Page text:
One of my favorite scriptural passages is the story where a man is imploring Jesus to heal his sick child. The boy has never been able to speak, but is plagued by a sickness that causes him to have seizures. The father asks Jesus, “If you can do anything, take pity on us and help us.” Jesus retorts, “If you can? Everything is possible for him who believes.” The man, wanting desperately for his son to be whole and well, cries out, “I believe! Help my unbelief!” We are all caught in a similar tension of belief and unbelief as we live in the time in between Jesus’ resurrection and return.
Most of life is lived in the in-between times. In fact, if we think of it, these common moments are the very essence of life. We may have a special day where we celebrate a new job, but then for the years to follow, we get the mundane task of working it. There are birthdays, anniversaries, and graduations, but these isolated days mark the passing of years of normal living. Our church calendar marks special days like Epiphany and Christmas, and seasons like Lent, Advent, and Pentecost. Easter itself is a season of 50 days. But you know what takes up the majority of the church year? A thing called “Ordinary Time”, which takes up 33-34 weeks of the year. It is the time between the holy days. And just like the best part, arguably, of an Oreo cookie is the cream filling, some of the best and most important times in our lives and in our church are the times between the special days. These are the times when we wait expectantly, but also continue the work of living as Christ has called us to do.
Jesus appeared to his disciples to renew their hope and to bestow his spirit, giving them a calling. As the Father had sent Jesus into the world, Jesus was now sending the disciples to continue his work of love, forgiveness, and redemption with all of creation.
We are witnesses, and we too have been sent to continue the message. We are the ones who are blessed because we have not seen, and yet believed. We are in the middle of our story, caught in the tension between conflict and resolution. Our story is just a paragraph in God’s unfolding saga, and yet, we play important roles, offering forgiveness to others in Jesus’ name. We are the ones who must reach out to the broken and touch those hurts with the healing message of Christ. We must have a faith that is big enough for questions, searching, doubt, and pain; we must be open to embrace others and walk with them even when we don’t feel like we have it all together ourselves. Like Thomas, though, we must not let doubt or fear keep us locked up, but find the freedom to keep living, keep seeking, and keep doing God’s work.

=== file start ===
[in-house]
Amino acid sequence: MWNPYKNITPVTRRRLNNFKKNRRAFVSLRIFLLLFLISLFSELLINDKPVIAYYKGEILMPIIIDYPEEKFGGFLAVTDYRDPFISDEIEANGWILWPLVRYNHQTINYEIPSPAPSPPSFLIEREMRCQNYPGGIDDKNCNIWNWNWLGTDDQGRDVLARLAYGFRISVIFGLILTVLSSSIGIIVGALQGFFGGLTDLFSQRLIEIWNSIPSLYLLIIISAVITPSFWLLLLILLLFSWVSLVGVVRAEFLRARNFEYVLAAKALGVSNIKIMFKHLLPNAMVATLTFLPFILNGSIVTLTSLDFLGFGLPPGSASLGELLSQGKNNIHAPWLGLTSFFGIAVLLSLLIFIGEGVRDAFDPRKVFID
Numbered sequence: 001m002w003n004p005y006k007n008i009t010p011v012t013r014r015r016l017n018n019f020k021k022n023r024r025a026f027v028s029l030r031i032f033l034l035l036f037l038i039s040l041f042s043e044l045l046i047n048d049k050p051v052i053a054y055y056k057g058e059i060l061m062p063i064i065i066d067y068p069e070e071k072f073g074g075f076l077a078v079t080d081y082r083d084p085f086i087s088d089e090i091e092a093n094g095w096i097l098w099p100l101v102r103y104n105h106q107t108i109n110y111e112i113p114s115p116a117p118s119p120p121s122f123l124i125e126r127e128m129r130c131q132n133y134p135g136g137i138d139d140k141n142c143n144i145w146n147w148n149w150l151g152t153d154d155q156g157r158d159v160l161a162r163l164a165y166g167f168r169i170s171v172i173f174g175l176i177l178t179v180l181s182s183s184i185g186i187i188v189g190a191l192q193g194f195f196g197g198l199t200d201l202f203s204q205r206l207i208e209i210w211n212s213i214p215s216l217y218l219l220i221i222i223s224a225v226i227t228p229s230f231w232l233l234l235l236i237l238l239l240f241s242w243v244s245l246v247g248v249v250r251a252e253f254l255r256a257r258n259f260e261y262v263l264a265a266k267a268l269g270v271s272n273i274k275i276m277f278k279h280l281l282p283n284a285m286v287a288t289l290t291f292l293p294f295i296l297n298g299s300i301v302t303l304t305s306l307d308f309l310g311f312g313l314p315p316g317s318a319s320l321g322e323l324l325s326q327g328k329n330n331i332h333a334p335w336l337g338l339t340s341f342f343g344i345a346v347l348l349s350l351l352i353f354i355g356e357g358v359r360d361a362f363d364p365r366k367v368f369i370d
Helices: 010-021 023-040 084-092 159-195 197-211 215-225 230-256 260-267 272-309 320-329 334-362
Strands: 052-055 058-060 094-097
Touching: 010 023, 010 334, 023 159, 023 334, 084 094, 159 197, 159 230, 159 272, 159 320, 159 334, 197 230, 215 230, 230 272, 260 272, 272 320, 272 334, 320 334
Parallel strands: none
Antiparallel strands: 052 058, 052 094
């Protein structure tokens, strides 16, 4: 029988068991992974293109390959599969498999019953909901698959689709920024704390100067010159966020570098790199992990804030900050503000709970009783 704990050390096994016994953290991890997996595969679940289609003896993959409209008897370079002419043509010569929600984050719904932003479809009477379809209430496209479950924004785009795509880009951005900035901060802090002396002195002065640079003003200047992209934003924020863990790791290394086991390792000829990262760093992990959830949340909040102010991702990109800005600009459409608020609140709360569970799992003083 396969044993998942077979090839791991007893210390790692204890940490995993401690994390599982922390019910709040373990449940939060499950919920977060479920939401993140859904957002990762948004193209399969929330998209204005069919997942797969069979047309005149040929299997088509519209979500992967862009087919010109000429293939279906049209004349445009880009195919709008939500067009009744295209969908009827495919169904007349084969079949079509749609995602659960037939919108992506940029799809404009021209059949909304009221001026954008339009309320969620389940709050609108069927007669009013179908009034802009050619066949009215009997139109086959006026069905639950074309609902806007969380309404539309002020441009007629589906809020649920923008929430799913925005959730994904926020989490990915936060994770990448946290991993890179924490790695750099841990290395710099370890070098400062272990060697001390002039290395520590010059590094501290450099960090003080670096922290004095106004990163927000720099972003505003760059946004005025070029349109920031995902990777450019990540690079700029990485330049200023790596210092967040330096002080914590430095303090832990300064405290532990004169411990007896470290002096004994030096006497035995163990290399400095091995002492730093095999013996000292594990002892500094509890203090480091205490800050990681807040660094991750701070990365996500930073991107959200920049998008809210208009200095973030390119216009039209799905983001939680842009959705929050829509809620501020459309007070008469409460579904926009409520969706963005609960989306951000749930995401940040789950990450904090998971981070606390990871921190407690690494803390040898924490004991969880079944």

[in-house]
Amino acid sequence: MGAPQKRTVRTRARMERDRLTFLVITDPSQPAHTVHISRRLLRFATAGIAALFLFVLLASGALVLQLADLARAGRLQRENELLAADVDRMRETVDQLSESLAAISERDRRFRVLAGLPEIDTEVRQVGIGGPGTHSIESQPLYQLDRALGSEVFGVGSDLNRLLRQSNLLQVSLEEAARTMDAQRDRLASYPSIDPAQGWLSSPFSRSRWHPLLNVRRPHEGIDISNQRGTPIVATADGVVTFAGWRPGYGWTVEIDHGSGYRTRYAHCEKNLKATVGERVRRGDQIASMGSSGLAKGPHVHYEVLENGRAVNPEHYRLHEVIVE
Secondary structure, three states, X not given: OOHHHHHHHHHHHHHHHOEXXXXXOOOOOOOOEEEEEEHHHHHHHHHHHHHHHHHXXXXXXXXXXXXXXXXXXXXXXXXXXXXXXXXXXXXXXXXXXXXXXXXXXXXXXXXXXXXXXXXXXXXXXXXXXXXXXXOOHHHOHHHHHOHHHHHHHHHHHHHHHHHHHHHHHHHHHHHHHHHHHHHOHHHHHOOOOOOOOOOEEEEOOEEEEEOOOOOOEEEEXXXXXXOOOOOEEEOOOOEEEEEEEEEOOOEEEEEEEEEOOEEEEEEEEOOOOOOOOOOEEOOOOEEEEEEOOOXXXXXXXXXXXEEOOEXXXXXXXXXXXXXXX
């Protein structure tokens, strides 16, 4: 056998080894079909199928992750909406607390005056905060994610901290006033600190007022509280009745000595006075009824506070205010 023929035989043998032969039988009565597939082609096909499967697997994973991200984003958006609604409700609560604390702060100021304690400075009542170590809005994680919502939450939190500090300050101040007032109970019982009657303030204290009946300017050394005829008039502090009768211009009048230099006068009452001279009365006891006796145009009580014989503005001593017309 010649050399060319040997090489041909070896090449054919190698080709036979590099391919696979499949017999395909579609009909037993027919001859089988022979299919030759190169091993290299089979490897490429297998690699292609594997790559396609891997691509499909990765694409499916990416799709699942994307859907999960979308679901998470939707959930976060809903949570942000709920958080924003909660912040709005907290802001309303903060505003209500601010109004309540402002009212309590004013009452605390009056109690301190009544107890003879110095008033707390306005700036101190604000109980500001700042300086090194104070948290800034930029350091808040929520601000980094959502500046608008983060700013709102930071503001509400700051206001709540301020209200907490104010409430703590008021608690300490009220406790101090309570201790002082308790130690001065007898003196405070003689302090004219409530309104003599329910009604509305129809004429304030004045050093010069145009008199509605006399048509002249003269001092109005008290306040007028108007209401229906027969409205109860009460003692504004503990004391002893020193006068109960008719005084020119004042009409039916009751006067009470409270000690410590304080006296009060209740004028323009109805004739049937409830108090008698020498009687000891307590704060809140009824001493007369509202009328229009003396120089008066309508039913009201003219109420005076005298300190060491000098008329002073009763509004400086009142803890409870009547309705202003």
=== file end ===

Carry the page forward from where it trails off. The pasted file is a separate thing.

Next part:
The Easter story of resurrection and Jesus’ return is beyond good news...this is real hope for a world that is filled with death and darkness. New life! Rebirth! Another chance when it all seems lost! That’s what resurrection is all about!
A liberal bishop was asked if he actually believed in the resurrection. "Believe it?" he said, "I've seen it too many times not to!"
And so, we step back into our ordinary lives, but perhaps our senses are more attuned to the signs of resurrection around us--the daffodil poking out of the still cold ground, the surprising reconciliation, the promise of something new. I think of my friend's hope as she interviews for potential new jobs after years of unemployment. I rejoice with another who had the courage to face bad news and realized it wasn't so bad after all. I witness the painful struggles of faith and know that while certainty is not a given, strength and growth may lie on the other side. I ponder the significance of forgiveness, of all the commands Jesus could have given, and realize it’s just what this broken world needs. Grace to be accepted and loved, healing from our hurts, and restoration to the lives God intends for us. I think of Eboo Patel, who is an American Muslim and founder of the Interfaith Youth Core, which works to unite different faiths through acts of service. He says that he has learned that the solution to fighting hatred is to respond to ugliness with beauty.
Isn’t that exactly what Jesus did? He took the ugliness of his death on the cross and turned it into the beautiful gift of forgiveness.
Every day holds the potential for Easter as we put our trust in a God who won't be bound by the ordinary. Can you believe?